“They got left out,” Bob Bollinger, a lawyer who represented some of those victims, said. “You’ve got to draw your reparations law broadly enough that you don’t leave out the people you’re trying to help.”


During World War II Japanese Americans were rounded up and put in internment camps under the argument they could be enemy combatants in disguise. 

Payments were finally awarded to them on separate occasions 40 years apart.

“The Japanese American Evacuation Claims Act of 1948 offered compensation for real and personal property they had lost. About $37 million was paid to 26,000 claimants. But no provision was made for lost freedom or violated rights,” the NYT reported.

In 1988 Congress voted to extend an apology to Japanese Americans and awarded $20,000 to each Japanese-American survivor of the internment. In all, more than $1.6 billion was issues to 82,219 eligible claimants.

Police Abuse Victims In Chicago

“The men who survived brutal treatment by a Chicago police commander and his “midnight crew” of detectives wanted more than money.

As part of a $5.5 million reparations measure enacted by the city in 2015, Chicago agreed to compensate 57 victims — nearly all African-American men from the city’s South Side — who said the police had beaten, shocked, suffocated and psychologically tortured them to obtain confessions,” the NYT reported.

The city also financed a Torture Justice Center that offered counseling to victims of the commander, Jon Burge, as well as to other survivors of police brutality. 

Additionally, the city built a public memorial, and approved of public school students being taught about police torture in history class.

“Reparations have been and always will be more than an apology and a paycheck,” said Joey Mogul, a lawyer who wrote a draft of the reparations ordinance and represented several survivors. “We have to consider all the harm people have endured.”

Florida Massacre Victims

Not much money was given to the relatives of massacred Black residents in Rosewood, Fla. In one case, 70 years after the horrific incident Lizzie Jenkins’s mother received exactly $3,333.33 as recompense.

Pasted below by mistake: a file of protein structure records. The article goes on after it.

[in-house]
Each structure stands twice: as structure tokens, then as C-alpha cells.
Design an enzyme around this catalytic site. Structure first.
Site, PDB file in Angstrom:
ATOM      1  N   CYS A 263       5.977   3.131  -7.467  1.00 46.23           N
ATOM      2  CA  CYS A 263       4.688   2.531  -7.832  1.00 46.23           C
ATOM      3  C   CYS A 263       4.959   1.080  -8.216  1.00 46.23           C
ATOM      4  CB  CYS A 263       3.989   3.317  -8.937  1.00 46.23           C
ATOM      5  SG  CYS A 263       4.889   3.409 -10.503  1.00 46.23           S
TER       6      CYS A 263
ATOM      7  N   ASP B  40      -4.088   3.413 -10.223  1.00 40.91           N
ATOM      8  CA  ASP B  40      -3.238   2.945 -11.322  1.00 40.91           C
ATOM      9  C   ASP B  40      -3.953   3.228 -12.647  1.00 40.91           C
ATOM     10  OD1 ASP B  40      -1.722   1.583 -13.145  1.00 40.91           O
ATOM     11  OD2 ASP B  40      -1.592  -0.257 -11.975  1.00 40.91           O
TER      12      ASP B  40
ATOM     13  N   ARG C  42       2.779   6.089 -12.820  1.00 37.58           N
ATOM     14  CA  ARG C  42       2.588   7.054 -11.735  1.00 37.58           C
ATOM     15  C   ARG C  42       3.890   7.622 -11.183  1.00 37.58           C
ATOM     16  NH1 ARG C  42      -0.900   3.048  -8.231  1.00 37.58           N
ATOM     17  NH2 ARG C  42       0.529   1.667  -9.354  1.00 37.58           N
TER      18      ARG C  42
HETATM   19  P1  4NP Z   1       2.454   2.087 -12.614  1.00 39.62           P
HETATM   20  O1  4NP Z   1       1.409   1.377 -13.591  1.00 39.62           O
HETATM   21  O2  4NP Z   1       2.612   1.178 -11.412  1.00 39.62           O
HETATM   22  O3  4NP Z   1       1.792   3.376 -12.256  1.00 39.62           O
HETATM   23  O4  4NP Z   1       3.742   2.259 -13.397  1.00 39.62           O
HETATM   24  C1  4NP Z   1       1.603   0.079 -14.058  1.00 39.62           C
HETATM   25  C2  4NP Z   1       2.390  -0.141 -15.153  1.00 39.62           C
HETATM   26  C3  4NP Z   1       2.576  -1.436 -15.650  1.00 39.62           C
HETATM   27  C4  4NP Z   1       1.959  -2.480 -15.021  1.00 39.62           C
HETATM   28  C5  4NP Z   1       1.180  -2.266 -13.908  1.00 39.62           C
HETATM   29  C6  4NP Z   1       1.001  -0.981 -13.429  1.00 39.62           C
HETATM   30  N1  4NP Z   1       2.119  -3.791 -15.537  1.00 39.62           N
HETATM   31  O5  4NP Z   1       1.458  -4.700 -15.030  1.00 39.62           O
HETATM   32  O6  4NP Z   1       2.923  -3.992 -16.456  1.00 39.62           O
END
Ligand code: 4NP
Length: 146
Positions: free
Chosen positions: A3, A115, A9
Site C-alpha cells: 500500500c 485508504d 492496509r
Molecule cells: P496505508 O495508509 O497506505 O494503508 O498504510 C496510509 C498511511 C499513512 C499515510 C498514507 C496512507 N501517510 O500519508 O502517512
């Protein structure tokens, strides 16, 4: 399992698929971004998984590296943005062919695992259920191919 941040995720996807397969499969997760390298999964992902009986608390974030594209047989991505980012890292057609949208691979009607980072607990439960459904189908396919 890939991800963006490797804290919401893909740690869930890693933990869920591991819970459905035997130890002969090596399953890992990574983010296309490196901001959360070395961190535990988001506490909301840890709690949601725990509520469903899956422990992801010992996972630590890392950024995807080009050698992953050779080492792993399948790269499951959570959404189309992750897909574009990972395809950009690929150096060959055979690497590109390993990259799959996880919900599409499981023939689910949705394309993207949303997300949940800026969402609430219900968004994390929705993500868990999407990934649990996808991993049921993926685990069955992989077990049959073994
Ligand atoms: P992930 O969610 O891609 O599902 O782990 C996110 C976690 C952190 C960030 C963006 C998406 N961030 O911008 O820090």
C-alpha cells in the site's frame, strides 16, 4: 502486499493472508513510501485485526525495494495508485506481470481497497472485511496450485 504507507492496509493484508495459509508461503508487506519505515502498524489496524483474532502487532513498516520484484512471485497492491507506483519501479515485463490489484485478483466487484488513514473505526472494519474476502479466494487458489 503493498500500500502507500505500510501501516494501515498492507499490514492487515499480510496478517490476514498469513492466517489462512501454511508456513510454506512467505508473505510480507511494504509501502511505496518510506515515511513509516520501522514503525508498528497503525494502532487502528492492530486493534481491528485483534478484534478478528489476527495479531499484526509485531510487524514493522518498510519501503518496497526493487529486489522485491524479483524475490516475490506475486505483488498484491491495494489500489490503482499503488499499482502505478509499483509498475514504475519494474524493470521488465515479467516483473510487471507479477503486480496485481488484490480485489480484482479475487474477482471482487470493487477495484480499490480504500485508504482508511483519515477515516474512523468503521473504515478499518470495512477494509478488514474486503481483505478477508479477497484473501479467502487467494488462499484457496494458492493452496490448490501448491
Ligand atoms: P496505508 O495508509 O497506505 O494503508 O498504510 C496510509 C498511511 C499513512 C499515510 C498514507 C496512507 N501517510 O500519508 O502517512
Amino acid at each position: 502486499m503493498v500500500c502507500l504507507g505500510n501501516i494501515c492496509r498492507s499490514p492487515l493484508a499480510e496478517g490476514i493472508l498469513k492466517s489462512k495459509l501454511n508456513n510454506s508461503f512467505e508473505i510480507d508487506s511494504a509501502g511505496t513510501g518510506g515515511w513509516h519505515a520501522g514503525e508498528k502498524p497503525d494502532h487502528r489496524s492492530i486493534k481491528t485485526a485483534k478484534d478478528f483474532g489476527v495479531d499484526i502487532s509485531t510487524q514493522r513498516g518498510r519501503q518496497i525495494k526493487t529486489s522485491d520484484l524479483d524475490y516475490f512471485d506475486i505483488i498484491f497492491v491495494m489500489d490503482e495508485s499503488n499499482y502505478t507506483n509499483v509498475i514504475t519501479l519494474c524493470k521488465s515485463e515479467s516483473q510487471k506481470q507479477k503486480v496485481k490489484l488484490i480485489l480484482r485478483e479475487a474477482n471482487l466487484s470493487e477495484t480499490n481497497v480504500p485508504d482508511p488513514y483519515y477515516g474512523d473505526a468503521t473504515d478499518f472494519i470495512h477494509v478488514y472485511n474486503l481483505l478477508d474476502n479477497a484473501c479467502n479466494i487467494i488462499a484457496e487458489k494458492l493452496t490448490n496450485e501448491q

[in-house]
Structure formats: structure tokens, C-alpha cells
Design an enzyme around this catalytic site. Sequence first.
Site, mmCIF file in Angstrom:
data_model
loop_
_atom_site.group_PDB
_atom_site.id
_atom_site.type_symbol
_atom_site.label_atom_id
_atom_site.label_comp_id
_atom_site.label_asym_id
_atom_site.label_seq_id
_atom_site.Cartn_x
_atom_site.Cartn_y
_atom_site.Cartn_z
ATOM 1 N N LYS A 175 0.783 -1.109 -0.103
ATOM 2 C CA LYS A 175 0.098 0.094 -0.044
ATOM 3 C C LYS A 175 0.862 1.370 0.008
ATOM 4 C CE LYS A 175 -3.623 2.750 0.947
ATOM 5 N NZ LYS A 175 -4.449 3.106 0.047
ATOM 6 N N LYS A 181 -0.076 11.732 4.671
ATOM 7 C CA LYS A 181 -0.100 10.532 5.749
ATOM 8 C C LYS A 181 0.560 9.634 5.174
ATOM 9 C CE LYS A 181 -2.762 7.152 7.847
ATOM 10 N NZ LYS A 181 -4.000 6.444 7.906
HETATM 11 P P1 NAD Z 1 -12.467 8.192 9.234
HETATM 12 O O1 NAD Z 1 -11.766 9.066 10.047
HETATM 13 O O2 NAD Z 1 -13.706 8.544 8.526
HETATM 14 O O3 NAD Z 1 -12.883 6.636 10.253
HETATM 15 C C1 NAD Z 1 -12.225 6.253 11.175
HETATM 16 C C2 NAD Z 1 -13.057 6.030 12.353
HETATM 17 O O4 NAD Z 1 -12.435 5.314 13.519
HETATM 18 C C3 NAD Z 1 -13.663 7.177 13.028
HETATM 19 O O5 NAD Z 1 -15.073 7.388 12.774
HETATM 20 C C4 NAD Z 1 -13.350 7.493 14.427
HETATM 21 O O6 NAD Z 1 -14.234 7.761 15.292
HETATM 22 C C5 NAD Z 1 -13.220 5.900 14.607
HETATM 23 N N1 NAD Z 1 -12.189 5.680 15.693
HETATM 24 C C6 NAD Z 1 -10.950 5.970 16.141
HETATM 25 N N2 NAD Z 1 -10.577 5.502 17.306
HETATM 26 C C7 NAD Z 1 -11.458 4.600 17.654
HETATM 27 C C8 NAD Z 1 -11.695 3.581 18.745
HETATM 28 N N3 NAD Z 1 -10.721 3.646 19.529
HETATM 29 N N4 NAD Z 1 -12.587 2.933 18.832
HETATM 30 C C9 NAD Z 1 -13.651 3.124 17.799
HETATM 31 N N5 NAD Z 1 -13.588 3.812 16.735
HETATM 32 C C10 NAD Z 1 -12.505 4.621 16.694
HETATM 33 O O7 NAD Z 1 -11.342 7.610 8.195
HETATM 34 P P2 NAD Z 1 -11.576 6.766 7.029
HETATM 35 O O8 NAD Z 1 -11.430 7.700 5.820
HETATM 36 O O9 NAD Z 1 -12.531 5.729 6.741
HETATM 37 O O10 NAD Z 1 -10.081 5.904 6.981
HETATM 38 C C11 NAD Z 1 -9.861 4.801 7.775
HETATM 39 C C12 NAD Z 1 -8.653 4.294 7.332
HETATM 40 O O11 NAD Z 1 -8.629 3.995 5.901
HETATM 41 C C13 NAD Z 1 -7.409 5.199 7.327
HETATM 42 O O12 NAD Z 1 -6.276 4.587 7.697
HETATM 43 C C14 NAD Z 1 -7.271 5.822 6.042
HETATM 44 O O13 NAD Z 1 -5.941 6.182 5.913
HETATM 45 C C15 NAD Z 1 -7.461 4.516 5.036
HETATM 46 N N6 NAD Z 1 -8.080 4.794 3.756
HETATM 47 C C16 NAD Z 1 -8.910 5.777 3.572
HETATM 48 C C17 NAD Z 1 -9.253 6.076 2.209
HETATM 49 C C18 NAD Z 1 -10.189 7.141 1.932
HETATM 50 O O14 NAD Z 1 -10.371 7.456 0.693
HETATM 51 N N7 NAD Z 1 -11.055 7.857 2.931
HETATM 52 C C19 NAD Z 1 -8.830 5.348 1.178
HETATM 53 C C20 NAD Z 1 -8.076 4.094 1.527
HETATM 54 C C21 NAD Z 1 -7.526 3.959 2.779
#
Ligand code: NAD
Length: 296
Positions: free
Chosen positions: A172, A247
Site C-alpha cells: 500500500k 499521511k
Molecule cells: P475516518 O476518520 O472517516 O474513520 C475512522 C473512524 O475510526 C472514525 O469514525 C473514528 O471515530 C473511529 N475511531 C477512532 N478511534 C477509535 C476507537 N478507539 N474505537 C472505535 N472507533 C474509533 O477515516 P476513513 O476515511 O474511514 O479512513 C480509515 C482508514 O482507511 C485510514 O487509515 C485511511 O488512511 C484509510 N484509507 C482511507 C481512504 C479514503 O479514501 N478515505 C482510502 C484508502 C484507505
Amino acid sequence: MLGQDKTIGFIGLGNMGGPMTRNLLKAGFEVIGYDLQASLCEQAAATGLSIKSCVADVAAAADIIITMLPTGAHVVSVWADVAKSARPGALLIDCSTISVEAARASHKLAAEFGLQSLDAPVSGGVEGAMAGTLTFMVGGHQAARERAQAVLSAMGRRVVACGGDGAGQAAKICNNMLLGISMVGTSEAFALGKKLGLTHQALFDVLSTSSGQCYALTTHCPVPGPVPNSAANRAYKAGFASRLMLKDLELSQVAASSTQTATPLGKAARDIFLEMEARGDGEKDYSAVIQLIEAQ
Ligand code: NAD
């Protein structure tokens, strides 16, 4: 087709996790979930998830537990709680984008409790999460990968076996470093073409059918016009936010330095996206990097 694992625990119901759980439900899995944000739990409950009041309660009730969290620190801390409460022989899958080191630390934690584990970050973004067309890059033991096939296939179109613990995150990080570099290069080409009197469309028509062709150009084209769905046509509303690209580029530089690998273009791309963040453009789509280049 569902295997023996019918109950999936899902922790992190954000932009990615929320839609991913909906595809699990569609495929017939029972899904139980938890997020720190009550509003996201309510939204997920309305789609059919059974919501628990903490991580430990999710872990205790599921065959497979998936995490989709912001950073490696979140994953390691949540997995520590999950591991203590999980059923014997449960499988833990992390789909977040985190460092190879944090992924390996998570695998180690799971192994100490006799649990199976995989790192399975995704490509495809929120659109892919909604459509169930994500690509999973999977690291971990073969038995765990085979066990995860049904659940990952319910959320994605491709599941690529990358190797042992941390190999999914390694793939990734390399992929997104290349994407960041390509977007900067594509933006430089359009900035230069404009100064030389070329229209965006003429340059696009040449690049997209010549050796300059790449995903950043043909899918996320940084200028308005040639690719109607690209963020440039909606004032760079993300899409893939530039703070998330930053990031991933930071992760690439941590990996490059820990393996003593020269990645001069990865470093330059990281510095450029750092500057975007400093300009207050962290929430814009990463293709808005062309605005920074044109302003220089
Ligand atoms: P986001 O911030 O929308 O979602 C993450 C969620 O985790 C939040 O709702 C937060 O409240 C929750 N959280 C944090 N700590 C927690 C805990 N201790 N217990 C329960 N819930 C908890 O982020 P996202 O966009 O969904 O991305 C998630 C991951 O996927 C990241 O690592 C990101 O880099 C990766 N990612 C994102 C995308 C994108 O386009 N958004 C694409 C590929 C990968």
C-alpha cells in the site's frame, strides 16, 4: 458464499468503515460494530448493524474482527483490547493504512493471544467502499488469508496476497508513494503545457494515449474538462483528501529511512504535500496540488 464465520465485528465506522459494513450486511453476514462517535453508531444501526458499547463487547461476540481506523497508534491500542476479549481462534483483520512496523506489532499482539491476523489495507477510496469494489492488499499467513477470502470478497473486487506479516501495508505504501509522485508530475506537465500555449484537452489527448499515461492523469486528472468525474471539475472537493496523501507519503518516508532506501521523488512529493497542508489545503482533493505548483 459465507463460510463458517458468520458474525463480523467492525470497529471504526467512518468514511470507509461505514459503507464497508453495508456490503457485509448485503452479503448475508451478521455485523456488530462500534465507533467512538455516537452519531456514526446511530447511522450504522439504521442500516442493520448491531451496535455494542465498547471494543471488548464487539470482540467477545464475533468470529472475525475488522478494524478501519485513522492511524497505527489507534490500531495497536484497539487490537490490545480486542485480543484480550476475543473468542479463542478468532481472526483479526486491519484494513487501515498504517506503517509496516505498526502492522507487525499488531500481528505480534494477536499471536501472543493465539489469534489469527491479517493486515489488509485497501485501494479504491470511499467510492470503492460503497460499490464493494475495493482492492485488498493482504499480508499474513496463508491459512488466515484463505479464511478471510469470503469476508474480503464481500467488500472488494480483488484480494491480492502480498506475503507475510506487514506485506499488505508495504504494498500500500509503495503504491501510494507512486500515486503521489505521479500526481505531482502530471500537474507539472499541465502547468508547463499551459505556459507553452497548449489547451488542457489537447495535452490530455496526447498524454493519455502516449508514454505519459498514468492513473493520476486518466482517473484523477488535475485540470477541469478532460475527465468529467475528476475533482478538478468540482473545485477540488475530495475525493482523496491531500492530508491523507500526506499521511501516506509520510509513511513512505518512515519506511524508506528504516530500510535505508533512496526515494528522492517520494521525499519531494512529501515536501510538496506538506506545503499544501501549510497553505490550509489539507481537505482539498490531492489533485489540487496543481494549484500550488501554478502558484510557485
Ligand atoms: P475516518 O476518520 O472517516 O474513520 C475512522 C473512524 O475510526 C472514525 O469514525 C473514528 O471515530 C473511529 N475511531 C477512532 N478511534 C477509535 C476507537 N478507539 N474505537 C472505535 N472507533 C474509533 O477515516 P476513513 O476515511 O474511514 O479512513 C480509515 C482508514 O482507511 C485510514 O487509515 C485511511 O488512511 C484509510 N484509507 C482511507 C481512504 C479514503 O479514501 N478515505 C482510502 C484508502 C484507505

Florida did, however, became the first state to pass a reparations law in 1994 acknowledging a need to respond to racist violence that government officials failed to stop.

“The law set aside $2 million for those who survived the 1923 massacre, which began with an allegation that a Black man had assaulted a white woman. A white mob that included Ku Klux Klan members swarmed into the largely Black hamlet of Rosewood and killed at least six Black residents, and perhaps many more. Churches and houses were burned, and the residents scattered, never to return,” the NYT reported.

Georgetown University

In an effort to right the wrongs of the past, students at Georgetown University voted in April to actually increase their own tuition to aid descendants of the 272 enslaved Africans whom the school sold nearly two centuries ago to solidify its financial future.

“The school wouldn’t be here without them,” said Shepard Thomas, a junior from New Orleans who is part of the campus group, Students for the GU272, that urged reparations to be issued. 

“Thomas, a psychology major, is descended from enslaved people who were part of the 1838 sale. Thomas said the amount of the fee, $27.20, was chosen to evoke the number of people sold, while not being too onerous for students. (A semester’s tuition and fees for a full-time student come to $27,720.00.) The university has about 7,000 undergraduates, so the fee would raise about $380,000 a year for the fund,” the NYT reported.